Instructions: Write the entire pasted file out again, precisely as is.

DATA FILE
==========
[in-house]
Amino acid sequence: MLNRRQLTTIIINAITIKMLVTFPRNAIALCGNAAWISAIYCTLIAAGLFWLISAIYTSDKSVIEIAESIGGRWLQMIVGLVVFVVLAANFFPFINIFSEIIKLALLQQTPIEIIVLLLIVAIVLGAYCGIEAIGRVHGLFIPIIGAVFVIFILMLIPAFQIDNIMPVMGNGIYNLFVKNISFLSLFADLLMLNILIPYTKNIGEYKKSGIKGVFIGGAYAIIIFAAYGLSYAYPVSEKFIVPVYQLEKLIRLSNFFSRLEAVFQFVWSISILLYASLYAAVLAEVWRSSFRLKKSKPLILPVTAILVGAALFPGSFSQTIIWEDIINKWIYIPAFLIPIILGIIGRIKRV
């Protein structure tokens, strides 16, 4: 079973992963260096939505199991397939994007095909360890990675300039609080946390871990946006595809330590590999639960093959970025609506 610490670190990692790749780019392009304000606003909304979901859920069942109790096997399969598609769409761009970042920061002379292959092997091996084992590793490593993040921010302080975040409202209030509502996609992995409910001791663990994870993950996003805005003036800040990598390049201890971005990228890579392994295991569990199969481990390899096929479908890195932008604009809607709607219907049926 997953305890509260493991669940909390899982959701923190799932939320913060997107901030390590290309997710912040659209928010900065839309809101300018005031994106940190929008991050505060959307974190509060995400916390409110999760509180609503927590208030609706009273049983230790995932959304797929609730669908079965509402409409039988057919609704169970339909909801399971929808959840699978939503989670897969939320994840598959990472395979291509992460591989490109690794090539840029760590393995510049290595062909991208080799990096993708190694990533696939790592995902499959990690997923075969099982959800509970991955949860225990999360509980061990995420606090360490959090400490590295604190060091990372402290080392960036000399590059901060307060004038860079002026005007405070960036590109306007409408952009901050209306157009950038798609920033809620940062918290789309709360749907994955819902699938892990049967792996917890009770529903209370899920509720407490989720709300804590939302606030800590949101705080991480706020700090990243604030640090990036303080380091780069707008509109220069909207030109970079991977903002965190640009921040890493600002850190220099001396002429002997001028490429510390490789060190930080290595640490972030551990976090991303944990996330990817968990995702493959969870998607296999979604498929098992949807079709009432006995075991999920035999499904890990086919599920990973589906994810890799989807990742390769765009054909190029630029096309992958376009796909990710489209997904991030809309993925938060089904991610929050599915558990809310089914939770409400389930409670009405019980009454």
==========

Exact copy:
[in-house]
Amino acid sequence: MLNRRQLTTIIINAITIKMLVTFPRNAIALCGNAAWISAIYCTLIAAGLFWLISAIYTSDKSVIEIAESIGGRWLQMIVGLVVFVVLAANFFPFINIFSEIIKLALLQQTPIEIIVLLLIVAIVLGAYCGIEAIGRVHGLFIPIIGAVFVIFILMLIPAFQIDNIMPVMGNGIYNLFVKNISFLSLFADLLMLNILIPYTKNIGEYKKSGIKGVFIGGAYAIIIFAAYGLSYAYPVSEKFIVPVYQLEKLIRLSNFFSRLEAVFQFVWSISILLYASLYAAVLAEVWRSSFRLKKSKPLILPVTAILVGAALFPGSFSQTIIWEDIINKWIYIPAFLIPIILGIIGRIKRV
């Protein structure tokens, strides 16, 4: 079973992963260096939505199991397939994007095909360890990675300039609080946390871990946006595809330590590999639960093959970025609506 610490670190990692790749780019392009304000606003909304979901859920069942109790096997399969598609769409761009970042920061002379292959092997091996084992590793490593993040921010302080975040409202209030509502996609992995409910001791663990994870993950996003805005003036800040990598390049201890971005990228890579392994295991569990199969481990390899096929479908890195932008604009809607709607219907049926 997953305890509260493991669940909390899982959701923190799932939320913060997107901030390590290309997710912040659209928010900065839309809101300018005031994106940190929008991050505060959307974190509060995400916390409110999760509180609503927590208030609706009273049983230790995932959304797929609730669908079965509402409409039988057919609704169970339909909801399971929808959840699978939503989670897969939320994840598959990472395979291509992460591989490109690794090539840029760590393995510049290595062909991208080799990096993708190694990533696939790592995902499959990690997923075969099982959800509970991955949860225990999360509980061990995420606090360490959090400490590295604190060091990372402290080392960036000399590059901060307060004038860079002026005007405070960036590109306007409408952009901050209306157009950038798609920033809620940062918290789309709360749907994955819902699938892990049967792996917890009770529903209370899920509720407490989720709300804590939302606030800590949101705080991480706020700090990243604030640090990036303080380091780069707008509109220069909207030109970079991977903002965190640009921040890493600002850190220099001396002429002997001028490429510390490789060190930080290595640490972030551990976090991303944990996330990817968990995702493959969870998607296999979604498929098992949807079709009432006995075991999920035999499904890990086919599920990973589906994810890799989807990742390769765009054909190029630029096309992958376009796909990710489209997904991030809309993925938060089904991610929050599915558990809310089914939770409400389930409670009405019980009454």